I've ran into the same issues before and when I do I just take some time off , usually about a week or so and if I get the itch I typically just chip a little and practice putting. Kind of seems like you are becoming more focused on just lowering your handicap than enjoying playing golf, it's definitely great to want to improve but you can't lose track of the big picture which is playing golf for enjoyment.
Well you know what they say....a bad day golfing is better than a good day of work... I get what you are saying and there is some underlying pressure to meet your goals for the game before the courses get covered in leaves, greens punched, lack of daylight.... etc. It is hard to explain but it is a double edged sword. I think I want to back off but then again maybe I don't. Maybe I will declare my rounds practice rounds for a while.
It has been years since I played enough, or put enough pressure on me, to reach the worn out stage. Usually I would hang them up for a while, however, due to your upcoming weather changes, that may no be what you really want to do.
I am not sure of the handicap rules, so I don't know if you can just throw out a series of rounds if just want to go have fun. Since handicap seems to be driving a lot of this, you probably need to figure if you can just throw out the next 2-3 weeks as practice(?).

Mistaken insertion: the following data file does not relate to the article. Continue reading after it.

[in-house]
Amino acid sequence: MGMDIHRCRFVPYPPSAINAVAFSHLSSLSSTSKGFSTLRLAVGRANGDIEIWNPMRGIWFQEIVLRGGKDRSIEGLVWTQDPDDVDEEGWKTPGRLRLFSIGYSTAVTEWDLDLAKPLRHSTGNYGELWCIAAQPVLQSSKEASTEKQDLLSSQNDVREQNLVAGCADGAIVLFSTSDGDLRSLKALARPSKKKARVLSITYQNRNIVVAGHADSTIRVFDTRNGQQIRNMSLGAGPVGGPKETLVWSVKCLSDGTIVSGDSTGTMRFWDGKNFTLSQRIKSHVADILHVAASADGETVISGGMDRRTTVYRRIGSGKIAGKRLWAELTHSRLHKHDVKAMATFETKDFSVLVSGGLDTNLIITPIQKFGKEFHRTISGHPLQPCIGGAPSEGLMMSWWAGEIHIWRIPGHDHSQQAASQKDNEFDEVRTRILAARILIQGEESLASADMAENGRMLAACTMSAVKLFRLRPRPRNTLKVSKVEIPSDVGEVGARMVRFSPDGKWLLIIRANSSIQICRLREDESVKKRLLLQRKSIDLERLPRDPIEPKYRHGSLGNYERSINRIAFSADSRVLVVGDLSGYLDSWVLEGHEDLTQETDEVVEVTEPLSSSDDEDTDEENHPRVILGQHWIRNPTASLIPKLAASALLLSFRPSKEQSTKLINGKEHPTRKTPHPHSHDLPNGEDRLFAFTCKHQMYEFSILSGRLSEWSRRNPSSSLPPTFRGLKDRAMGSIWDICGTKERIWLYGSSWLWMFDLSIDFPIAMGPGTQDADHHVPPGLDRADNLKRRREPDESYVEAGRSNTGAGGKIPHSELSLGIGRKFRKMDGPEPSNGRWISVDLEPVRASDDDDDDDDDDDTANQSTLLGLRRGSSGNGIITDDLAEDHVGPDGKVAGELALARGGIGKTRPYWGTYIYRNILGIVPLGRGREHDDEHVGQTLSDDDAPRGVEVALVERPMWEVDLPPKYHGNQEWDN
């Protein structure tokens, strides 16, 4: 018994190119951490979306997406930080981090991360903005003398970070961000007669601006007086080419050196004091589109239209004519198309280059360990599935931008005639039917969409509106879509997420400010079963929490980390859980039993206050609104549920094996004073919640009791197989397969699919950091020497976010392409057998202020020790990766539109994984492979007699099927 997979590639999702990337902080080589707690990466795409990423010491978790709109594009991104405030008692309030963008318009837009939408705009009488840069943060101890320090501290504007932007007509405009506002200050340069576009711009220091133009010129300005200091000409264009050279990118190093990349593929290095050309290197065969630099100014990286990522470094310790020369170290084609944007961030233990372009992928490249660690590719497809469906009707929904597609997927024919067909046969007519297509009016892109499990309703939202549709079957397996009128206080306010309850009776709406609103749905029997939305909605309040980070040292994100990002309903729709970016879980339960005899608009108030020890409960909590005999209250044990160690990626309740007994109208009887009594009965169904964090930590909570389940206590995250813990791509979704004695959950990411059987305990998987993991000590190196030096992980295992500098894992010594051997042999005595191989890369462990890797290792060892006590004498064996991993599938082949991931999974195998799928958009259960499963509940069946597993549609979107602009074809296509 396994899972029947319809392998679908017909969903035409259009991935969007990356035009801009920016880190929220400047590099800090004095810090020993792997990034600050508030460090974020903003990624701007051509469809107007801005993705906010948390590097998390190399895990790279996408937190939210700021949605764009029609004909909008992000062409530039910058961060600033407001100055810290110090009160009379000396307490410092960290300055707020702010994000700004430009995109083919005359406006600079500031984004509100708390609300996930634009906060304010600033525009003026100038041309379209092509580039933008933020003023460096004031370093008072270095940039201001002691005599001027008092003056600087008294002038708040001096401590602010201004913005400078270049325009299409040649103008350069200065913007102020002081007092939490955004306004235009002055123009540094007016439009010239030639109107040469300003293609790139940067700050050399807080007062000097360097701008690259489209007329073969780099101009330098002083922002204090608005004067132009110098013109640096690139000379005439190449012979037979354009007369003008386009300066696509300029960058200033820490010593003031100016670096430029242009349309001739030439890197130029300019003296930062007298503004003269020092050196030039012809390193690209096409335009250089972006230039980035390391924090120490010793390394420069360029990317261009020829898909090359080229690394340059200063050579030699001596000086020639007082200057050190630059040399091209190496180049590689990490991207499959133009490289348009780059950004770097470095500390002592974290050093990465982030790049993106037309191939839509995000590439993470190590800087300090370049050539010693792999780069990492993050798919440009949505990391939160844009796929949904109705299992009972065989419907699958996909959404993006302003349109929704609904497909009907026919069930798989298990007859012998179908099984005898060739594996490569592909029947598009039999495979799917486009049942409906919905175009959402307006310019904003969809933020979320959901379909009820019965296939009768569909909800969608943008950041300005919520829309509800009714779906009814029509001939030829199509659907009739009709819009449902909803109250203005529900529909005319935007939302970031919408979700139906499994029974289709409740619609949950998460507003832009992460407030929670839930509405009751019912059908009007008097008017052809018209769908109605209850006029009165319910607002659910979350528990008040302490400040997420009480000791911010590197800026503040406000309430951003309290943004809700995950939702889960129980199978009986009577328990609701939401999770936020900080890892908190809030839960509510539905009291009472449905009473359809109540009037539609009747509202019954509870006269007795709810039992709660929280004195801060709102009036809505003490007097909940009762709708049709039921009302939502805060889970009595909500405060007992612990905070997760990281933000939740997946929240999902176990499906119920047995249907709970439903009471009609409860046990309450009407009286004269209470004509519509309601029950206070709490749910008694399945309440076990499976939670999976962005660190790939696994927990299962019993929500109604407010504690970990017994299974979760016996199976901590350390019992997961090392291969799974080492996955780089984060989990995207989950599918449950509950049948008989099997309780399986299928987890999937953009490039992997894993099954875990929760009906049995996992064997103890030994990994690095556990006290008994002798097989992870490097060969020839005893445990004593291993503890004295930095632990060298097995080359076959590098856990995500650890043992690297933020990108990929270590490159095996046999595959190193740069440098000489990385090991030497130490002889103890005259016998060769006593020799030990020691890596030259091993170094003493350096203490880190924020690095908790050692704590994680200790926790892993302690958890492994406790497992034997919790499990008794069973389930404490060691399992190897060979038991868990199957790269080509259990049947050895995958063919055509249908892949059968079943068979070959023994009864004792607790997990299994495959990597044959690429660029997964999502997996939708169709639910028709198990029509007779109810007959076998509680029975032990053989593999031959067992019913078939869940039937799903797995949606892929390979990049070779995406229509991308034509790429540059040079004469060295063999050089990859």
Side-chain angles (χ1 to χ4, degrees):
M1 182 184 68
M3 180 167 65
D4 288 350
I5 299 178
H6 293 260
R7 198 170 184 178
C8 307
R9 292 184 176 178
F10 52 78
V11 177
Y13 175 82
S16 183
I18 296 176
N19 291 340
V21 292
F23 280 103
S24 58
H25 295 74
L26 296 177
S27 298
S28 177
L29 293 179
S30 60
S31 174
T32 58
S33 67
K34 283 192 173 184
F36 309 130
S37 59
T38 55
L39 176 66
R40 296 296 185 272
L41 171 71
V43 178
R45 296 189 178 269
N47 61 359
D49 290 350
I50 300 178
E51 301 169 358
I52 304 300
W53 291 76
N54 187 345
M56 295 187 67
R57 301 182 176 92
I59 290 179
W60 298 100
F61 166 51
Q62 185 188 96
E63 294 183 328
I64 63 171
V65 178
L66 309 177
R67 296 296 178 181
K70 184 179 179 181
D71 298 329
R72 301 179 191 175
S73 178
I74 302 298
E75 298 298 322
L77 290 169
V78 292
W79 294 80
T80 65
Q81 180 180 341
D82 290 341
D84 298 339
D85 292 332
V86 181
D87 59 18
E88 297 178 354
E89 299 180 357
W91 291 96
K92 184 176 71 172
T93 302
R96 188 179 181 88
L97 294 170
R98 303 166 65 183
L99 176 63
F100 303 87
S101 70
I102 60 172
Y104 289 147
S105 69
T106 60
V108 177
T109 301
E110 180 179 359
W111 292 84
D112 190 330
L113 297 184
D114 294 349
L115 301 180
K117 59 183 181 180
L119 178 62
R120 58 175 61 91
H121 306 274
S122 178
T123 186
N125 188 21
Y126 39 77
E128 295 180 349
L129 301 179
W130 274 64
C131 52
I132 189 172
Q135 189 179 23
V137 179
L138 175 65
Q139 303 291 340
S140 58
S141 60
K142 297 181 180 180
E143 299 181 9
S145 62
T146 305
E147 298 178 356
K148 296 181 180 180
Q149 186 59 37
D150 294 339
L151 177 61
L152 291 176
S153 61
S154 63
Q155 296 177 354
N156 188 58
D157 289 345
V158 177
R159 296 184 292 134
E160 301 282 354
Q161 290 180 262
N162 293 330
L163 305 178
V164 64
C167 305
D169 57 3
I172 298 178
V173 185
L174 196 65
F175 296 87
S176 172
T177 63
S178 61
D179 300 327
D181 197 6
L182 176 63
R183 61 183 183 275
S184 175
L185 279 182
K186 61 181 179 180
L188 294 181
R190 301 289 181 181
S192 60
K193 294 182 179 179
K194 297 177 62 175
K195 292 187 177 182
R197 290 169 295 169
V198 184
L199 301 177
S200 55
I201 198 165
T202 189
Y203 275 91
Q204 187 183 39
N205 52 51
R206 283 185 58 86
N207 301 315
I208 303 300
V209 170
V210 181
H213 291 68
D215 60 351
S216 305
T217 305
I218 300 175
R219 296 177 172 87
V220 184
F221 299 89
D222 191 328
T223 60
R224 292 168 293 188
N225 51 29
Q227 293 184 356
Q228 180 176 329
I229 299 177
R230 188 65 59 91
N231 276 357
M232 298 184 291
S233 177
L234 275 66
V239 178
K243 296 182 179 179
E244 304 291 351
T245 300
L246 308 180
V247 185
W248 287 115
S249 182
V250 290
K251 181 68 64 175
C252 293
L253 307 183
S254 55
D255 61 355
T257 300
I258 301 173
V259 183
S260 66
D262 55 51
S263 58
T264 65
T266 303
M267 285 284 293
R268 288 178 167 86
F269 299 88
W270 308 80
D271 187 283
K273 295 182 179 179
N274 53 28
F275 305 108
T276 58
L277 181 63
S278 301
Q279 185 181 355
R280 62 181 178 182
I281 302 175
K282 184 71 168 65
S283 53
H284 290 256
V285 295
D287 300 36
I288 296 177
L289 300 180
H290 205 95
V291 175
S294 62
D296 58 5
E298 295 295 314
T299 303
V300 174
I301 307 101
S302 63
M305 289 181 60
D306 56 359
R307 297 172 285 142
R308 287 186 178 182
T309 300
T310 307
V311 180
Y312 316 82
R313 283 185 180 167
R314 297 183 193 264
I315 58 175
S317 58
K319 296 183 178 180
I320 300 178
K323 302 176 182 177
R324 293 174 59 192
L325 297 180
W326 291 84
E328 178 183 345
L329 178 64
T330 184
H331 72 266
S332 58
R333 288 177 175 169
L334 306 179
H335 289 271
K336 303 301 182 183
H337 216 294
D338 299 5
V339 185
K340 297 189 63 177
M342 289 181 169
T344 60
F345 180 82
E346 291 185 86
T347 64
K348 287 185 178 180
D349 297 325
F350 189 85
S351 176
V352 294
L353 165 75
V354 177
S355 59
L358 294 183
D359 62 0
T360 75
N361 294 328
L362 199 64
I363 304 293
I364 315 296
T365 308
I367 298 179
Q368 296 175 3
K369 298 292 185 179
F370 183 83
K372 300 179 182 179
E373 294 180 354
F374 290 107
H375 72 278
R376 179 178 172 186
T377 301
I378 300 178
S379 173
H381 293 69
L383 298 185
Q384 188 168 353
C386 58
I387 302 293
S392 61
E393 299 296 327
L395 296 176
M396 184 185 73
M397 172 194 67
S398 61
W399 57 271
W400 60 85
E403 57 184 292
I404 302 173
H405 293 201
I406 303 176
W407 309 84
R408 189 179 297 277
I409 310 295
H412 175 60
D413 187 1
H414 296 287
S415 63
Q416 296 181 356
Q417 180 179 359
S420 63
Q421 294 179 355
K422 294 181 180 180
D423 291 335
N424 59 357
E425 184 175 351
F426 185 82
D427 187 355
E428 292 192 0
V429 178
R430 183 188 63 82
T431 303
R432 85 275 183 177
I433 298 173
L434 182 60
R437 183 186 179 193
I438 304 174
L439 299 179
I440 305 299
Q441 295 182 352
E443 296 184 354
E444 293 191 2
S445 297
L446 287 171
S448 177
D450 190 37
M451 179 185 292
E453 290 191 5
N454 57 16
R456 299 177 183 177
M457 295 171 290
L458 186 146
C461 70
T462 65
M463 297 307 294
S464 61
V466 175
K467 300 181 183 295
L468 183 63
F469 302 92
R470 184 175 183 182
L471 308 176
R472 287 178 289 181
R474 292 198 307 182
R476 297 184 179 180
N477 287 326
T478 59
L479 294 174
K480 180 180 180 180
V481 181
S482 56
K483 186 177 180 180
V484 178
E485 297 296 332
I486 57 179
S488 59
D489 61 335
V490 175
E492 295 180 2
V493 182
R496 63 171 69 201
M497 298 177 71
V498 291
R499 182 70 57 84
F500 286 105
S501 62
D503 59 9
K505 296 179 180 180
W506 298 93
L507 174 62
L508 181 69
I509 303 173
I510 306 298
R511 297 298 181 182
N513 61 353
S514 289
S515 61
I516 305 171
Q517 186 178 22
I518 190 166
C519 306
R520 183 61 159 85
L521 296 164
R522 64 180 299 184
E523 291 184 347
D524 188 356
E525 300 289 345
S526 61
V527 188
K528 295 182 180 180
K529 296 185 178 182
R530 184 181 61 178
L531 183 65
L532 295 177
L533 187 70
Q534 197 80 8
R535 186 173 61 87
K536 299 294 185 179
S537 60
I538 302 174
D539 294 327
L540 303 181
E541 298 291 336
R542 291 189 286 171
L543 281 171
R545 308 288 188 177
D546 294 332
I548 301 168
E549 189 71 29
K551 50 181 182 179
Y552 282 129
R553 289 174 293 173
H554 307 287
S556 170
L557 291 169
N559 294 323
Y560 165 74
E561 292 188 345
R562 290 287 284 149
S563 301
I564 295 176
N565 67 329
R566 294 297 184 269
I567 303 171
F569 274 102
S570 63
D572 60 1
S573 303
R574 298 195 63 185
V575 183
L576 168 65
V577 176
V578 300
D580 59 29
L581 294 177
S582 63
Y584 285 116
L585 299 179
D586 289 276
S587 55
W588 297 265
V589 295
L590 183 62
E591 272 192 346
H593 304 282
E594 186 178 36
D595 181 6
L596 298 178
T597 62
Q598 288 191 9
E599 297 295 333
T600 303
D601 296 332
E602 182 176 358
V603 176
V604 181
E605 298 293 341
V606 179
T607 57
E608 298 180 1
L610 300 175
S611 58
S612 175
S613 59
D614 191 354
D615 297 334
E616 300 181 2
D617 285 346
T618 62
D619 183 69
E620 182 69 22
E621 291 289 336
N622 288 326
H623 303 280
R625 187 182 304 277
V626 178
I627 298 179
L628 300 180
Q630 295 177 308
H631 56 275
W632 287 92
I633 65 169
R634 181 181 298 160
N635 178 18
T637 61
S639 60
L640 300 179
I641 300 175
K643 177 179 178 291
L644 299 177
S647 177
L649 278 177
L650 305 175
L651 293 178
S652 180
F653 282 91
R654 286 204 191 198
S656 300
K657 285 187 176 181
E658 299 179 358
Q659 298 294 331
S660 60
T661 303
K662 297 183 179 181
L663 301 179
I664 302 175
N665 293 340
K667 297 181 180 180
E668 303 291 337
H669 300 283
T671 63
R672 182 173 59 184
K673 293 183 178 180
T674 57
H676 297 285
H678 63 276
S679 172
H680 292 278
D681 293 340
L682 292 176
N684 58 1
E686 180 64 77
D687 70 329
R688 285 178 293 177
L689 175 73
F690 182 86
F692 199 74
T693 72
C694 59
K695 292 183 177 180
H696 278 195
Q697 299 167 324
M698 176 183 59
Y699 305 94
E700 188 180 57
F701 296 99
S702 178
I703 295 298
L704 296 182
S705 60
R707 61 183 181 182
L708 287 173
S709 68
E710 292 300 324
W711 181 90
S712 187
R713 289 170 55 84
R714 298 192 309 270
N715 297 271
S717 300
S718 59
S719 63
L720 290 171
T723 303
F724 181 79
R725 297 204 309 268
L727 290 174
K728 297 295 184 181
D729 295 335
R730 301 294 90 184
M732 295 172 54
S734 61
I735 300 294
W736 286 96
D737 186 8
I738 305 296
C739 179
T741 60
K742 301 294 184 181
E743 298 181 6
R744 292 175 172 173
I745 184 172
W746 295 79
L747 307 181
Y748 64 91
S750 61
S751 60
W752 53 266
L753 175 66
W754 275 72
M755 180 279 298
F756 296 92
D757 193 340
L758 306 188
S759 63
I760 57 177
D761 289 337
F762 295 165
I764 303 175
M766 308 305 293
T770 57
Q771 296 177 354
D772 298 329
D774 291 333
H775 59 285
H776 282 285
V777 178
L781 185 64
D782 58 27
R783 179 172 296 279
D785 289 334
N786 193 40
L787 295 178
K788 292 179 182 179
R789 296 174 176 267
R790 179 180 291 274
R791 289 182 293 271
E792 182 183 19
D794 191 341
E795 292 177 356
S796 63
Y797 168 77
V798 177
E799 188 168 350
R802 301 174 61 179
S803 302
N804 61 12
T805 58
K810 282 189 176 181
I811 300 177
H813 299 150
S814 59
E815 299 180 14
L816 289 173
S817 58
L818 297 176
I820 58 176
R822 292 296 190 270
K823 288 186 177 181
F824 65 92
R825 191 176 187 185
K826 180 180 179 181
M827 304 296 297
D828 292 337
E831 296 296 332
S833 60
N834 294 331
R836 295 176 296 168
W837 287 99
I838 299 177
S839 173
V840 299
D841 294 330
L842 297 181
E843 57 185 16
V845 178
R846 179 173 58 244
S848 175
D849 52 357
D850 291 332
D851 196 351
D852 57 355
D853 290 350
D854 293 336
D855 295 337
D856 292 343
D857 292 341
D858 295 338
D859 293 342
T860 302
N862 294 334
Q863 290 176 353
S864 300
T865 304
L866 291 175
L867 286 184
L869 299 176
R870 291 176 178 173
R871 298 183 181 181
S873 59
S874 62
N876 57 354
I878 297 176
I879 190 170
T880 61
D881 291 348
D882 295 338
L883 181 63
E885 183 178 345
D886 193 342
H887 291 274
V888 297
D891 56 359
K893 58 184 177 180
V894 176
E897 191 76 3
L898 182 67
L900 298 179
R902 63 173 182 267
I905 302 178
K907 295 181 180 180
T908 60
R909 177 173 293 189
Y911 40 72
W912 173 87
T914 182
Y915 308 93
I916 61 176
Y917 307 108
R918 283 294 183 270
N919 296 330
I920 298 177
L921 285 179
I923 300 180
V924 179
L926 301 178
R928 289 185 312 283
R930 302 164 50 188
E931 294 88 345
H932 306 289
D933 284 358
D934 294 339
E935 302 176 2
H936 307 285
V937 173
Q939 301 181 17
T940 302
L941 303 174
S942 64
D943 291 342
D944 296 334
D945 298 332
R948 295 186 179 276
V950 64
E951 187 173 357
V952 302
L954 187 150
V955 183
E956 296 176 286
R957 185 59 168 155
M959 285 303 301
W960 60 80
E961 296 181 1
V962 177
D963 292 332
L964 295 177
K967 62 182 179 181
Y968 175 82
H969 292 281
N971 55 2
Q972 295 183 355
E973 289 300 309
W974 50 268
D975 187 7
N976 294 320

You can always get a little inventive with your bag to change things up, say play a 7 club bag. Figure out the mix for the course and then improvise as you go.
You may want to pull out some older or vintage clubs and have a go at them. Probably too late to put together a true vintage bag, but since this may be recurring again at some point, spend the winter finding old blades and persimmons and put a set together. Playing with them may be refreshing, or frustrating, who knows, but it will be different.
You can always play some rounds with high handicap golfers to make you feel better about your game. Not sure how well this will work, but it may change your perspective when someone is thrilled with getting a bogey.
If putting is an issue you can try two putters in the bag. I have a couple of putters and I have brought two more than a few times. I have one that is great for slow greens and one that is great for fast greens and one that is good on almost anything... so sometimes I bring both the great ones instead of the good one.
Yes the center of gravity is a little lower compared to the MP-4's and the topline is a little thicker to "hide" the thicker muscle. They are basically between a Mizuno classic blade and a player's cavity back (MP-64). Shape of the muscle and channeling can make a difference but overall performance is going to be similar. If you want a blade looking iron with forgiveness the i blades are the best way to go. Blades will never be obsolete because good players like playing them and they look cool. You'll probably see more "tech blades" like the PXG and Titleist T-MB irons.